One of the most direct responses to this, and an example of indigenous leadership, has been the legal case of injury initiated by Northland iwi leader Mike Smith against the seven corporations most responsible for Aotearoa’s greenhouse gas emissions – Fonterra, Genesis Energy, Dairy Holdings, NZ Steel, Z Energy, NZ Refining Company and BT Mining.
In a competitive capitalist growth-dependent economy, these corporations won’t (in fact cannot) just stop operating. They will use their immense lobbying power to ensure any government acts in the interests of their shareholders.
Without some form of deep transformation in our society’s power structures, without changing who is listened to and who isn’t, how can we ever hope to achieve the first most basic step of ceasing our greenhouse gas emissions?
In Aotearoa, as overseas, indigenous people are taking the lead in challenging corporate power, using legal and United Nations precedents and meeting with increasing success. it makes sense for the rest of us – tauiwi / tangata tiriti – to support them in this and to commit to working with them to develop constitutional and governance structures that reflect our common love for Papatūānuku and Aotearoa.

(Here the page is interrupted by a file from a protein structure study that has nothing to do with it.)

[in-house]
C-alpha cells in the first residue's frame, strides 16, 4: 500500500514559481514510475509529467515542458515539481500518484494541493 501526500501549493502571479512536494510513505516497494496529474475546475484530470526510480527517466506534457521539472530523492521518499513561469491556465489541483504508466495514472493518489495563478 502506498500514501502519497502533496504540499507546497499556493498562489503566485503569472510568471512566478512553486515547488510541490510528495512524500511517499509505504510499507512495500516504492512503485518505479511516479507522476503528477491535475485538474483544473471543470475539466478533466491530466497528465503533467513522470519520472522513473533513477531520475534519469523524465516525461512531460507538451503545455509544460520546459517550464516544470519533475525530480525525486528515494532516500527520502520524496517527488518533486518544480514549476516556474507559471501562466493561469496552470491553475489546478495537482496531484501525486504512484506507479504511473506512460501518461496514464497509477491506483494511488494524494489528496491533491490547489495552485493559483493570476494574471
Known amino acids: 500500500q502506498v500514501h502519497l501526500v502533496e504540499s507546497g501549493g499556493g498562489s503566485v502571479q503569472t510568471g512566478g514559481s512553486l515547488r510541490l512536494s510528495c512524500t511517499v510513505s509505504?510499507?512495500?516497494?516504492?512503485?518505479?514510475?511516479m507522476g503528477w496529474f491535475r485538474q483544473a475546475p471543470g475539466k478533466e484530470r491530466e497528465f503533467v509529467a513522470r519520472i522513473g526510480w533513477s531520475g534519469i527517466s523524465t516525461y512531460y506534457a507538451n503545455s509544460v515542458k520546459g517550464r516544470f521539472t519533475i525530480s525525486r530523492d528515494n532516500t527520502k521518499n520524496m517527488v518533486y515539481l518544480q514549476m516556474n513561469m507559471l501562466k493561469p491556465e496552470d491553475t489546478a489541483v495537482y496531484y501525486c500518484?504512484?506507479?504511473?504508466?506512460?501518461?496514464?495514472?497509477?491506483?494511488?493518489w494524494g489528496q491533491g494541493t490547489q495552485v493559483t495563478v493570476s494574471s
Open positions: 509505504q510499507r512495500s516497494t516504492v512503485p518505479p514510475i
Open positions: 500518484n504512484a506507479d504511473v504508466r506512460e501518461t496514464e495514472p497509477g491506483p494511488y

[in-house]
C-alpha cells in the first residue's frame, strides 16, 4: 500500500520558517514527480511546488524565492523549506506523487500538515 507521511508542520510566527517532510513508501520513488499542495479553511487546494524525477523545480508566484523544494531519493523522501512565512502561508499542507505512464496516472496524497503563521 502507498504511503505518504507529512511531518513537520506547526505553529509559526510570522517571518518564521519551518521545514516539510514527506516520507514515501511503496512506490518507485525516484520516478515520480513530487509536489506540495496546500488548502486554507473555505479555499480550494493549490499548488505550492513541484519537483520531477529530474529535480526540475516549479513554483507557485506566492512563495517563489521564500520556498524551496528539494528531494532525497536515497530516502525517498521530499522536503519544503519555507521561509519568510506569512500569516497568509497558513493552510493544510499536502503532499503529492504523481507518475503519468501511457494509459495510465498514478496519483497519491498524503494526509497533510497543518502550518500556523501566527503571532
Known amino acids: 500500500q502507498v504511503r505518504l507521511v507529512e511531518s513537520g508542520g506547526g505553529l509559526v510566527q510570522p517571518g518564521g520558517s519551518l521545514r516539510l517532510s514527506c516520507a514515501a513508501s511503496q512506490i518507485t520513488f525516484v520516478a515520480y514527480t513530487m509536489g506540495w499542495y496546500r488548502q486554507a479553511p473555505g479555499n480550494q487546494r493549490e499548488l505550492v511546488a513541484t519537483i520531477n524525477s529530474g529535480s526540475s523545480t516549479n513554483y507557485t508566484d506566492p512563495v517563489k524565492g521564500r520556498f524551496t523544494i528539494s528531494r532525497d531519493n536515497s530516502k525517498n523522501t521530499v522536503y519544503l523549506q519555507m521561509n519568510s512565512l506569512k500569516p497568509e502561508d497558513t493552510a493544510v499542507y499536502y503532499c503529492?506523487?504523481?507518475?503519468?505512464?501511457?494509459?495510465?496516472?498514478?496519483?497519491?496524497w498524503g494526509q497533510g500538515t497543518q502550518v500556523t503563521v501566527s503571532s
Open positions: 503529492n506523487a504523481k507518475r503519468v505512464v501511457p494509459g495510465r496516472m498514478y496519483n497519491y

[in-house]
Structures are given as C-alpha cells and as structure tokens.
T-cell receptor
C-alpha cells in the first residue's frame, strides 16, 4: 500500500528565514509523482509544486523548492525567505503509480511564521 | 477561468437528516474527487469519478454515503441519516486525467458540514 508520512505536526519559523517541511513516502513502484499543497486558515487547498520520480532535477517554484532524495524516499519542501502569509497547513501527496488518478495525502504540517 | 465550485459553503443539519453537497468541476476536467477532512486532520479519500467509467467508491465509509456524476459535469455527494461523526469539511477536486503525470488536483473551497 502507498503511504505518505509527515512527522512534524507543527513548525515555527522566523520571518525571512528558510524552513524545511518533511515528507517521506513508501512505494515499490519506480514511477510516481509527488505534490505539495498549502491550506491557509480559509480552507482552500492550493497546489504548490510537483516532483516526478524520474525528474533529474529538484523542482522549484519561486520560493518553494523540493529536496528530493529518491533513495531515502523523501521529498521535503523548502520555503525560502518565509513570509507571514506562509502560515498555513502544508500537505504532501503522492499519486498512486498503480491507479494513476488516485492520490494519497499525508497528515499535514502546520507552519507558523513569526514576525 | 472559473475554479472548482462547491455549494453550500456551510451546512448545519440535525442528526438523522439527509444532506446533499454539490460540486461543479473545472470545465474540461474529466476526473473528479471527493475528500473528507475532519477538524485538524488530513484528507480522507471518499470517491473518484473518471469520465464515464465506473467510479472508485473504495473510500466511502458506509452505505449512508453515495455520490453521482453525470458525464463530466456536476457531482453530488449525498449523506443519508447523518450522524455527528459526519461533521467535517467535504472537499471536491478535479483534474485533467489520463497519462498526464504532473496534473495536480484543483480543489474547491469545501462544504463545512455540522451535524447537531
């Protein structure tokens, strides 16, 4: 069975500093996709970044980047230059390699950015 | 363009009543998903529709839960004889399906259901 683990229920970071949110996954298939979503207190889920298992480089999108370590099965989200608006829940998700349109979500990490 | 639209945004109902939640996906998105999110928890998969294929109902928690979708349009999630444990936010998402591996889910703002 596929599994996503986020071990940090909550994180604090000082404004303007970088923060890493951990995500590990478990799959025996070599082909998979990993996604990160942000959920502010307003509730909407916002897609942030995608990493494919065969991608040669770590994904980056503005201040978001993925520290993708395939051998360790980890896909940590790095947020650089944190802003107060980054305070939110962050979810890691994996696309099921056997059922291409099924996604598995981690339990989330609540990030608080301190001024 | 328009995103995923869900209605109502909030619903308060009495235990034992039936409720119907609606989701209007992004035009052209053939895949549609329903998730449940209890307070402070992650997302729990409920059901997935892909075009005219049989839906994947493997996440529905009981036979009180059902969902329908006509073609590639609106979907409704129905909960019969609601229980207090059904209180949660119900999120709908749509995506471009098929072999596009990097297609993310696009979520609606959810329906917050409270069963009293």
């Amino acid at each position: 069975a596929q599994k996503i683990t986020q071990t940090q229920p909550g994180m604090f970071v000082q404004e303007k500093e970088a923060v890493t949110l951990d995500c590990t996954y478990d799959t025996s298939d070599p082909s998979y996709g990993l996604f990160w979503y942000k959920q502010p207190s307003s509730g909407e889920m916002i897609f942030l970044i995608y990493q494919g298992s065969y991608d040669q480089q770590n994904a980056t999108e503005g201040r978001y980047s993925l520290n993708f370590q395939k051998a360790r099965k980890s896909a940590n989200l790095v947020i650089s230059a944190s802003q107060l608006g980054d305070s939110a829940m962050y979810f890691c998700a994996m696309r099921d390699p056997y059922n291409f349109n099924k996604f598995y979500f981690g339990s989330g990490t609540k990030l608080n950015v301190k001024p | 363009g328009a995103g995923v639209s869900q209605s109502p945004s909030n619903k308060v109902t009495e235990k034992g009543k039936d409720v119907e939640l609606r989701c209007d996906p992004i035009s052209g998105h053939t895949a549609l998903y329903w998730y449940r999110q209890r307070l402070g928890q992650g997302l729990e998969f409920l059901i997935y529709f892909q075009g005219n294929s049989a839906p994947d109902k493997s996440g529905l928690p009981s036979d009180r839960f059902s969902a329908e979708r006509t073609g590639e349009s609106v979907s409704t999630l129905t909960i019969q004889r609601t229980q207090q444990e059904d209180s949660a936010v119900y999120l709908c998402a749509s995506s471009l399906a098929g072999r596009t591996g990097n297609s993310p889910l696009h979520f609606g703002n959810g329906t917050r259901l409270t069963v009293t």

Tangata o te Moana
We have specifically named Pacific peoples in this conversation as they are our closest neighbours in Te Moana Nui a Kiwa and they share ancestry with tangata whenua of Aotearoa. As such their lives are interwoven with ours and their homes and livelihoods are already being destroyed by sea-level rise and ocean heating.
How we can do this
Recognising Te Tiriti text
Recognising Te Tiriti text as the legally binding version* of the Treaty of Waitangi is fundamental to acknowledging the injustices that occurred in the past and are perpetuated today.
Engaging with the kōrero on Matike Mai
Matike Mai is a Māori initiative for constitutional transformation. The group of constitutional experts and respected Māori leaders looked at how decision-making would look if it were based on tikanga and Māori values. Between 2012 and 2015 they took these ideas to 252 hui around the motu for feedback from Māori. Their 2016 report on constitutional transformation for Aotearoa New Zealand has been circulated and discussed widely since by tangata whenua and tauiwi.